I Am A Brain Cancer Survivor

Rhio O’Connor was a cancer survivor. He was diagnosed with mesothelioma cancer. For more information about this type of cancer go to www.survivingmesothelioma.com. He used many avenues to make decisions about his treatment. Rhio worked tirelessly to acquire additional information about mesothelioma. He is an inspiration to me; in that, he worked on behalf of himself and was able to live through his experience. The personal efforts he took to acquire more information about cancer are definitely worth the additional six years he lived.

I was diagnosed with brain cancer in October of 2007. I am Teresa Doyle and I am a brain cancer survivor. I say “I”; however, there were many individuals who helped my family and I work through this horrifying diagnosis. When I read through all the actions Rhio had taken, I became excited. The efforts he used were similar to the ones my husband and I used. Rhios’ actions were an affirmation to me that my husband and I had done as much as we could do to acquire our information. We were on the right track! My husband told me, while I was still in the hospital he came home and began searching for any information he could find about brain cancer. He searched the internet and told me “I must have read three books worth of information the night you were diagnosed!”

We relied a lot on those persons with knowledge about this disease including doctors, nurses, clinicians, and friends who were cancer survivors themselves. We didn’t always understand the doctor’s information. They would often use medical terminology like “stage two astrocytoma”, “stealth MRI”, and “brain biopsy”. All we could do was look at them in a daze, so we continued to be dogmatic about acquiring more information from them and others. We would come home and look for any information on the internet that would further clarify what we had been told. I am a visual learner, so we often found pictures to explain what the doctors were telling us.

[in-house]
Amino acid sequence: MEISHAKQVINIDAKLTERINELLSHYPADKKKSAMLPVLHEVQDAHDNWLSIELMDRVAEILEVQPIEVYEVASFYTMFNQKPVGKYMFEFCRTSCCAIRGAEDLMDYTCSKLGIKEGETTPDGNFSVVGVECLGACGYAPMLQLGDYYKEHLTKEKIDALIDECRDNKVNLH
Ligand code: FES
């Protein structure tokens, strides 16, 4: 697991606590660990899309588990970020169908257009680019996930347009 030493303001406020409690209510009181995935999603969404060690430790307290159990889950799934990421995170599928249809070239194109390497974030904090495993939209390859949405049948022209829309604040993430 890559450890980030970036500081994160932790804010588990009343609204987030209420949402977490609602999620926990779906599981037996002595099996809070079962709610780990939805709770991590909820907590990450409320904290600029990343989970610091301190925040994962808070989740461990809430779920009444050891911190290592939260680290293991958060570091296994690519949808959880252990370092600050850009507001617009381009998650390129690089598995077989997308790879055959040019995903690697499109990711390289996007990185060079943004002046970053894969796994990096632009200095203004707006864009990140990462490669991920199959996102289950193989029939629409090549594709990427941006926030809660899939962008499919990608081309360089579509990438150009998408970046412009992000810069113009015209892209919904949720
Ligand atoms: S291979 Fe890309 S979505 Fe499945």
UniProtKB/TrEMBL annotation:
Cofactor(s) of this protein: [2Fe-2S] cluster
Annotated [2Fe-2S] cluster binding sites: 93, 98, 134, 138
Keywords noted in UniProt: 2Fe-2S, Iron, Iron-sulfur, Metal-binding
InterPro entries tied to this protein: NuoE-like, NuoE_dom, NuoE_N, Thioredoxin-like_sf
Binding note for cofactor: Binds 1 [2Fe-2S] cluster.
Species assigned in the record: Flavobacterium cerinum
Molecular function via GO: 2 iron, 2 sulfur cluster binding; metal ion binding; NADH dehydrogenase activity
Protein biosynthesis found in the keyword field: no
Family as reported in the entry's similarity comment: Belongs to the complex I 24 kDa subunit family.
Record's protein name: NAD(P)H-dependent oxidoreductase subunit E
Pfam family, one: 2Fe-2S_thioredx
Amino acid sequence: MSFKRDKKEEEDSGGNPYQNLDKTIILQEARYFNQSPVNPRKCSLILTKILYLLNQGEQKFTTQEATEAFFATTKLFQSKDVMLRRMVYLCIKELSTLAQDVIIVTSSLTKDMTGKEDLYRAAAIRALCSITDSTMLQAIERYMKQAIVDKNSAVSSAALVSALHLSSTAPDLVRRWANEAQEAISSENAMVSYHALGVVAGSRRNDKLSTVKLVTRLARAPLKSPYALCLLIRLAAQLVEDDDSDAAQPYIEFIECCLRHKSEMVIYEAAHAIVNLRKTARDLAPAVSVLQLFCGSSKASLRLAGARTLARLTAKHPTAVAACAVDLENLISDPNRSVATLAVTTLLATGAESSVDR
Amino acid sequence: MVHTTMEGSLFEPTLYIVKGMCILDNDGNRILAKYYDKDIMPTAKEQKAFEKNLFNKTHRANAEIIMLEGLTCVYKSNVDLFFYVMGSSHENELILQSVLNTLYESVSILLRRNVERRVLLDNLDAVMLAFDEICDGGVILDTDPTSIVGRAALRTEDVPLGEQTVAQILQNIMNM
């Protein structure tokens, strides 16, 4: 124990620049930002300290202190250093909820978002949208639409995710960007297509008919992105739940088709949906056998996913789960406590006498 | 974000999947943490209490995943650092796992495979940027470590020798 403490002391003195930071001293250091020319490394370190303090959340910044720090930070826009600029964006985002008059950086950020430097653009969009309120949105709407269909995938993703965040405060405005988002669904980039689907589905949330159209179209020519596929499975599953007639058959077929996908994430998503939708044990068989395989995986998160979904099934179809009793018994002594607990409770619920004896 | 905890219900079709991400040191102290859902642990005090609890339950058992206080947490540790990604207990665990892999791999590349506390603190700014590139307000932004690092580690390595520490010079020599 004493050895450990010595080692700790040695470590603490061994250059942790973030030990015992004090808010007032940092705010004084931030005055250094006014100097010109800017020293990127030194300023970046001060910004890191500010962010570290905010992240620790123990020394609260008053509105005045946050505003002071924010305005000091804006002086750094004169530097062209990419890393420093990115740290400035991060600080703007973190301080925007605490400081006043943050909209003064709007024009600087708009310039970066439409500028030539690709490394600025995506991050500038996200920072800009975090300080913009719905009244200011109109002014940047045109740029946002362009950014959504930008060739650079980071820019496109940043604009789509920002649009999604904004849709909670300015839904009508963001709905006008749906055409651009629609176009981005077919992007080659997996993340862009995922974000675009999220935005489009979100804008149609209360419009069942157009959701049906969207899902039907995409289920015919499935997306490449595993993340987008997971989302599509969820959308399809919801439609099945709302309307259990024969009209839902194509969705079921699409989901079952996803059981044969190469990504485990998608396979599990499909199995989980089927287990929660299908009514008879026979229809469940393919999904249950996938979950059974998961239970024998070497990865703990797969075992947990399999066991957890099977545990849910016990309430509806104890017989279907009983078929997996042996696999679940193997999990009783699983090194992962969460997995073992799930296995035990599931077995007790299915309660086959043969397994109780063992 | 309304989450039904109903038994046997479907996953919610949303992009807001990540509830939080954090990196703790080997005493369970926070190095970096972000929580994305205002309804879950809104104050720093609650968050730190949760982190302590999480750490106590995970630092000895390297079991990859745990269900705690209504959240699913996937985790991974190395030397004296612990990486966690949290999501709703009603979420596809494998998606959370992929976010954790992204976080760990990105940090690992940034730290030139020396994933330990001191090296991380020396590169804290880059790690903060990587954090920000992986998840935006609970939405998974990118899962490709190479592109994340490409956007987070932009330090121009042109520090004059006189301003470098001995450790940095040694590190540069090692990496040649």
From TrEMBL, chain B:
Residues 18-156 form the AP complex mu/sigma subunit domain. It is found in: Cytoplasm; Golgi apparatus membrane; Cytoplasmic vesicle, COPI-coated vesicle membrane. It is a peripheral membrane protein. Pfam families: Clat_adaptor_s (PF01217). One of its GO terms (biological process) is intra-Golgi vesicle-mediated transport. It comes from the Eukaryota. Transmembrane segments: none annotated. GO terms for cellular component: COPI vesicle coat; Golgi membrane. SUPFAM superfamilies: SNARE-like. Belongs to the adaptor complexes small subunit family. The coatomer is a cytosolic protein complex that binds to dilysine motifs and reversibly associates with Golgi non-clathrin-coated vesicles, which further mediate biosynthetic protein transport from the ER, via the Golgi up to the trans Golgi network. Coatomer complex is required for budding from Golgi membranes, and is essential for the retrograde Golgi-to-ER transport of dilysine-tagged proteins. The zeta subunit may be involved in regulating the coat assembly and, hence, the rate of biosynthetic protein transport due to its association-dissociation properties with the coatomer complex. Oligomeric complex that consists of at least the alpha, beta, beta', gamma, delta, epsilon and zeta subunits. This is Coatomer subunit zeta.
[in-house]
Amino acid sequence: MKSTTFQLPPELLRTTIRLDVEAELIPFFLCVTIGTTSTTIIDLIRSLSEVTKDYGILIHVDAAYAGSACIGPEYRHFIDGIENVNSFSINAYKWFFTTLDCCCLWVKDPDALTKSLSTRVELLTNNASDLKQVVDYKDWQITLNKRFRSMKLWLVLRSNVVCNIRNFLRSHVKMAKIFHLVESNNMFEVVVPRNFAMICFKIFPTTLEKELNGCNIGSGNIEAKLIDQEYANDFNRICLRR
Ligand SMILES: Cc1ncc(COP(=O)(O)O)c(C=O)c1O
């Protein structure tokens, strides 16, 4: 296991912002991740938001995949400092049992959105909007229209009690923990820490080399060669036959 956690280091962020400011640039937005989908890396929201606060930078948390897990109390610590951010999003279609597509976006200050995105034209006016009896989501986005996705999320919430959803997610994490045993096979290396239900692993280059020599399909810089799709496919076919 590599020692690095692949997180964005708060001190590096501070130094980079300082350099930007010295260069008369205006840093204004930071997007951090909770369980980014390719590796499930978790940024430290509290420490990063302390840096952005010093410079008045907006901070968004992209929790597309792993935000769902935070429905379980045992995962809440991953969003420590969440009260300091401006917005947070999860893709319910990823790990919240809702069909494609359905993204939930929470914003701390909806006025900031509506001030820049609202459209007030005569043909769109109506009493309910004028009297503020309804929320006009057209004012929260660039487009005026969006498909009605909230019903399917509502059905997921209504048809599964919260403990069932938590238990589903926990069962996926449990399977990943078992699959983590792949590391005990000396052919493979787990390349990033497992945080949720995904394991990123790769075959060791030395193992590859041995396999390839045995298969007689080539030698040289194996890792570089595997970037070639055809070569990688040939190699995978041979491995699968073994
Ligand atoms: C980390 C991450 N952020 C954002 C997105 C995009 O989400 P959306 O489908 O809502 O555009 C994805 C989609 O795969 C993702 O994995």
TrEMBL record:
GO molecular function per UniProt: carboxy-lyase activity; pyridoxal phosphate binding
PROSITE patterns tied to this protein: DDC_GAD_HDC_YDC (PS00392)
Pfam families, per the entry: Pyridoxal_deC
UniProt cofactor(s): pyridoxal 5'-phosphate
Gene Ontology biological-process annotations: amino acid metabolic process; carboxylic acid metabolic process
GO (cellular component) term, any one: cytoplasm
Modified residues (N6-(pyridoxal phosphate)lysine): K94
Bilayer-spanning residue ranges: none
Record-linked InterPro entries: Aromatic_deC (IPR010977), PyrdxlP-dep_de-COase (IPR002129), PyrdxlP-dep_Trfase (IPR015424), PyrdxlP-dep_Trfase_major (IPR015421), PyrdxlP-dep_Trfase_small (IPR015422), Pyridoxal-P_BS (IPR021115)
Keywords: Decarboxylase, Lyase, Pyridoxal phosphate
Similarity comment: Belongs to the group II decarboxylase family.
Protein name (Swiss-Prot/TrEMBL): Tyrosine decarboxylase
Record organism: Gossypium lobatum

After we clarified all the information in our minds, my husband and I discussed what treatment we thought would be best. We considered the possibility of going to a Cancer Treatment Center of America. Information we received told us that these types of centers use a more holistic approach when treating cancer. There was not a treatment center close enough to where we resided so we decided to seek treatment at our local cancer treatment center.

We asked many questions about radiation treatment, chemotherapy, and whether these treatments would benefit my particular diagnosis. We learned that radiation could only be done once in any particular area; the same with chemotherapy. We played out some different scenarios in our minds. What if radiation did not work, what would be our options then? On and on we went and finally decided on radiation therapy.

Radiation therapy was a grueling process. Everyday of the week, except Saturday and Sunday, I received radiation treatments. Because the cancer was in my brain, it was necessary for me to wear a very confining mesh mask so my head could not move. Many days I felt totally helpless as I could hear the machine turning to each spot that needed to be radiated. There were a total of nine areas. I did anything I could do to take my mind off of what was happening. I counted the time between each spot while the machine continued to move on to the next area. I tried to relax and think about my children and my husband. I used relaxation techniques like breathing (inhale deeply/exhale slowly). Most importantly, I prayed to God. Each behavior made it possible for me to withstand two months of continuous treatment.

Rhios’ “optimistic spirit [and] belief in something greater than himself…” was an additional affirmation for me. I knew I was relying on someone other than myself for the strength and power to successfully survive my cancer treatment.

I must give the majority of the credit for my survival to my Lord and Savior, Jesus Christ! I drew strength from Him on a daily basis. When I could not understand why this was happening to me, I would cry out to Him for the courage to continue on in my journey. I was optimistic as much as possible and when I wasn’t I sought out people to pray with me! I would go to my husband and he would console me as best he could. Remember, my family was experiencing this ordeal right along with me. Many people prayed for us; many that we did not even know!

They may never realize that their prayers to the Lord were powerful!

I will conclude this essay with the exciting news that I am completely cancer free! I continue to see my doctors on a regular basis. Though I would never want to go through this again, I realize that all of the actions my husband and I performed would be helpful to fight any additional cancer attack. As Rhio O’Connor survived six more years, I have survived two and ½ years and am grateful for each day I am given. My family is too!

By: Doyle, Teresa

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